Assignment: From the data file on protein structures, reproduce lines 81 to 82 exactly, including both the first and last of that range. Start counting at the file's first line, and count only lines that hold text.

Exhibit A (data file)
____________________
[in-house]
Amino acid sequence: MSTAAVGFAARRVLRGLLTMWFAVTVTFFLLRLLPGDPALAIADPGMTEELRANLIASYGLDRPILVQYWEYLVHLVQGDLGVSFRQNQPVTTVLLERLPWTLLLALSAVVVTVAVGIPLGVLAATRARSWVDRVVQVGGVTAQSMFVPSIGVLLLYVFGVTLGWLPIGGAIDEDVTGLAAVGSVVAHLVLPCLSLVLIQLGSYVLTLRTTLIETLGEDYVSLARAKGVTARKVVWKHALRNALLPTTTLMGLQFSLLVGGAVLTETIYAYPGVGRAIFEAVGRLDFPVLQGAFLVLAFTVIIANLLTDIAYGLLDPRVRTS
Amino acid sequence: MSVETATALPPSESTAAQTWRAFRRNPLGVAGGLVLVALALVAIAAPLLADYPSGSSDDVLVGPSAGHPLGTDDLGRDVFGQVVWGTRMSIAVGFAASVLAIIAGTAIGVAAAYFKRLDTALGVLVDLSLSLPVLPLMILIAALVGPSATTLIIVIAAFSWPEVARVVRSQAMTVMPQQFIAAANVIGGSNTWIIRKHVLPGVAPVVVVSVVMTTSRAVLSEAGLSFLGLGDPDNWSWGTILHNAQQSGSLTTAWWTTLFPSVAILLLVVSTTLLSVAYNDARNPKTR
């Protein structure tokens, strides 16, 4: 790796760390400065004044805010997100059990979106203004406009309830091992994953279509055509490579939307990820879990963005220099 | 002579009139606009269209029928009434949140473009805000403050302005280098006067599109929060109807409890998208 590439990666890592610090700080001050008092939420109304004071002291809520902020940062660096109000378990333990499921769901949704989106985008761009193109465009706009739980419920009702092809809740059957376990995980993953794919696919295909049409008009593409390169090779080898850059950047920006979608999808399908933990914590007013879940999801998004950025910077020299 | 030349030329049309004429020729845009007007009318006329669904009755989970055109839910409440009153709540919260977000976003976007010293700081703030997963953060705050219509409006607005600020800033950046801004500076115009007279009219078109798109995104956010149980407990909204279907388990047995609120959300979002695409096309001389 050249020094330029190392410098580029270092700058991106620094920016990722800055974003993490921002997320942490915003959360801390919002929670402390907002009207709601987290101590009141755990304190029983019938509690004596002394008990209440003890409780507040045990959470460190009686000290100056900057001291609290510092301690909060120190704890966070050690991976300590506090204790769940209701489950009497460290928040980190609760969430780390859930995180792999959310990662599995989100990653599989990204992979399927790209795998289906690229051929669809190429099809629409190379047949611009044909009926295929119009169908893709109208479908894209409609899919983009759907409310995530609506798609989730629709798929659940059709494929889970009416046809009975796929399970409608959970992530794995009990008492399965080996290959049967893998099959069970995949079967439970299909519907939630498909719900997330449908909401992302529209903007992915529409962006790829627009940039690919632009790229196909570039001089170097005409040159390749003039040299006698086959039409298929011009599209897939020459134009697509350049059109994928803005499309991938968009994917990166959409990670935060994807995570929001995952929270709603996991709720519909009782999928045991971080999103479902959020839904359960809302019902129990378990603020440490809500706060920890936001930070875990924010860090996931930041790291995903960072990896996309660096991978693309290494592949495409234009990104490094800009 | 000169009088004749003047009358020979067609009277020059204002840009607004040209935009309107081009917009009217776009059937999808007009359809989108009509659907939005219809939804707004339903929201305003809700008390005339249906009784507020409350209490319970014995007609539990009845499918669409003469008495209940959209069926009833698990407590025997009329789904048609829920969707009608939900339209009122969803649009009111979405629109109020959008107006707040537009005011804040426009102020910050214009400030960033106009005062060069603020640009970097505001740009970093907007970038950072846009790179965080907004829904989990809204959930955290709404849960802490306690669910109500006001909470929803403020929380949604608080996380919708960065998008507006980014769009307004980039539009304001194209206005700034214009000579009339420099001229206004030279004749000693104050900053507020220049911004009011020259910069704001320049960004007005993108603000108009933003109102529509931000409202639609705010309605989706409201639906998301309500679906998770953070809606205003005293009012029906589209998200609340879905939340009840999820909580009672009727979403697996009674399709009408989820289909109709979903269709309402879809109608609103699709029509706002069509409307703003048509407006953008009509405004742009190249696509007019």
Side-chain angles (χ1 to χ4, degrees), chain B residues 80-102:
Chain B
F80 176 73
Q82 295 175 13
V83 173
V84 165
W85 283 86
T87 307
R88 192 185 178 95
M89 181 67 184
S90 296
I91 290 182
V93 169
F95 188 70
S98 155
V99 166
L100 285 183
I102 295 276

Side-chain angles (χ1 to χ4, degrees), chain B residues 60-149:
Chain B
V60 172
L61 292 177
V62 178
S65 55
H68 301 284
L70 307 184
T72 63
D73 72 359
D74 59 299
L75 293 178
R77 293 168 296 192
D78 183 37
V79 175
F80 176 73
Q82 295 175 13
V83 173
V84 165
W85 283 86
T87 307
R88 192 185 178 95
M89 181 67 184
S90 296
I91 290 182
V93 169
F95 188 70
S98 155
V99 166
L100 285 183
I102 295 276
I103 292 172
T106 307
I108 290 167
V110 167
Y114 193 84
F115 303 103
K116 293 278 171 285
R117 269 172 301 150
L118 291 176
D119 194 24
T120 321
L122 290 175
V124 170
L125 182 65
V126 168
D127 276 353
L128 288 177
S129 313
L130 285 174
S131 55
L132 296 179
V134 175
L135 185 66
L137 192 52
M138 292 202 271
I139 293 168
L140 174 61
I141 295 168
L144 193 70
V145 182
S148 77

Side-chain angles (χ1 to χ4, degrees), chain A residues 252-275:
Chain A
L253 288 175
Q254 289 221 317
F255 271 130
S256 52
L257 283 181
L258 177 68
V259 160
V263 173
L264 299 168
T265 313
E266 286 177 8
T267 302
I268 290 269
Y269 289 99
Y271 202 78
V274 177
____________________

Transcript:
I141 295 168
L144 193 70